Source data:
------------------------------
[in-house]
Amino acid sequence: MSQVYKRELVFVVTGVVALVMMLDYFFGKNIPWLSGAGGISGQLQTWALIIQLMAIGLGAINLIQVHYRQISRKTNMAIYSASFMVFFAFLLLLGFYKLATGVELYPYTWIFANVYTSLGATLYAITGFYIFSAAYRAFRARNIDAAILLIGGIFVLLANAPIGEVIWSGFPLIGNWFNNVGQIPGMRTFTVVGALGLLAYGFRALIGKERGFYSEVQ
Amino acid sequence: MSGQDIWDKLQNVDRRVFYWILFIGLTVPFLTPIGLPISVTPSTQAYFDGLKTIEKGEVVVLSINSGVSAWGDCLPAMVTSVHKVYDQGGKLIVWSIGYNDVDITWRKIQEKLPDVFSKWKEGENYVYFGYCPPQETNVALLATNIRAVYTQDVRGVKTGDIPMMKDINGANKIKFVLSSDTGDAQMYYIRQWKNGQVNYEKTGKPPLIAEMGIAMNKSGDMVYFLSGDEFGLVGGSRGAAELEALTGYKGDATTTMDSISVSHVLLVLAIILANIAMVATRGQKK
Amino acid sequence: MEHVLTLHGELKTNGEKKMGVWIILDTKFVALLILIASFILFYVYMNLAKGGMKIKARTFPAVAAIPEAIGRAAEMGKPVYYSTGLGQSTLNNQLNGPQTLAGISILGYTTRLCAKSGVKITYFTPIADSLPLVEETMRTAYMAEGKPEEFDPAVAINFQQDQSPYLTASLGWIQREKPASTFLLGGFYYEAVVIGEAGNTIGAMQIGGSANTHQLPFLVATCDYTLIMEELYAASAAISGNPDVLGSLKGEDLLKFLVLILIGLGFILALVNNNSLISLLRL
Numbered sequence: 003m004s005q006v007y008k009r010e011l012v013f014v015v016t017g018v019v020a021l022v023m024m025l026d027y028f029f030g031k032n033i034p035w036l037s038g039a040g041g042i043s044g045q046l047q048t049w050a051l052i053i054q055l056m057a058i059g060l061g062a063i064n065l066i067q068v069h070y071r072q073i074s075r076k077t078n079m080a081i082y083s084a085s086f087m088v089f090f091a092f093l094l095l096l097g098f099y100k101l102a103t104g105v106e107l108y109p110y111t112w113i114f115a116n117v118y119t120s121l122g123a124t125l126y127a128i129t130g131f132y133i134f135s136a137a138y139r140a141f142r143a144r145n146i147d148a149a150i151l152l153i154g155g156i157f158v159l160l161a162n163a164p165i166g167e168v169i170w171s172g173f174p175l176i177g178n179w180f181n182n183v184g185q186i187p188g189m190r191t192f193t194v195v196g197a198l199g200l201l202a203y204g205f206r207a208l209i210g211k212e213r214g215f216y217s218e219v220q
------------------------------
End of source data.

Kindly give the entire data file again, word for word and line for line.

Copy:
[in-house]
Amino acid sequence: MSQVYKRELVFVVTGVVALVMMLDYFFGKNIPWLSGAGGISGQLQTWALIIQLMAIGLGAINLIQVHYRQISRKTNMAIYSASFMVFFAFLLLLGFYKLATGVELYPYTWIFANVYTSLGATLYAITGFYIFSAAYRAFRARNIDAAILLIGGIFVLLANAPIGEVIWSGFPLIGNWFNNVGQIPGMRTFTVVGALGLLAYGFRALIGKERGFYSEVQ
Amino acid sequence: MSGQDIWDKLQNVDRRVFYWILFIGLTVPFLTPIGLPISVTPSTQAYFDGLKTIEKGEVVVLSINSGVSAWGDCLPAMVTSVHKVYDQGGKLIVWSIGYNDVDITWRKIQEKLPDVFSKWKEGENYVYFGYCPPQETNVALLATNIRAVYTQDVRGVKTGDIPMMKDINGANKIKFVLSSDTGDAQMYYIRQWKNGQVNYEKTGKPPLIAEMGIAMNKSGDMVYFLSGDEFGLVGGSRGAAELEALTGYKGDATTTMDSISVSHVLLVLAIILANIAMVATRGQKK
Amino acid sequence: MEHVLTLHGELKTNGEKKMGVWIILDTKFVALLILIASFILFYVYMNLAKGGMKIKARTFPAVAAIPEAIGRAAEMGKPVYYSTGLGQSTLNNQLNGPQTLAGISILGYTTRLCAKSGVKITYFTPIADSLPLVEETMRTAYMAEGKPEEFDPAVAINFQQDQSPYLTASLGWIQREKPASTFLLGGFYYEAVVIGEAGNTIGAMQIGGSANTHQLPFLVATCDYTLIMEELYAASAAISGNPDVLGSLKGEDLLKFLVLILIGLGFILALVNNNSLISLLRL
Numbered sequence: 003m004s005q006v007y008k009r010e011l012v013f014v015v016t017g018v019v020a021l022v023m024m025l026d027y028f029f030g031k032n033i034p035w036l037s038g039a040g041g042i043s044g045q046l047q048t049w050a051l052i053i054q055l056m057a058i059g060l061g062a063i064n065l066i067q068v069h070y071r072q073i074s075r076k077t078n079m080a081i082y083s084a085s086f087m088v089f090f091a092f093l094l095l096l097g098f099y100k101l102a103t104g105v106e107l108y109p110y111t112w113i114f115a116n117v118y119t120s121l122g123a124t125l126y127a128i129t130g131f132y133i134f135s136a137a138y139r140a141f142r143a144r145n146i147d148a149a150i151l152l153i154g155g156i157f158v159l160l161a162n163a164p165i166g167e168v169i170w171s172g173f174p175l176i177g178n179w180f181n182n183v184g185q186i187p188g189m190r191t192f193t194v195v196g197a198l199g200l201l202a203y204g205f206r207a208l209i210g211k212e213r214g215f216y217s218e219v220q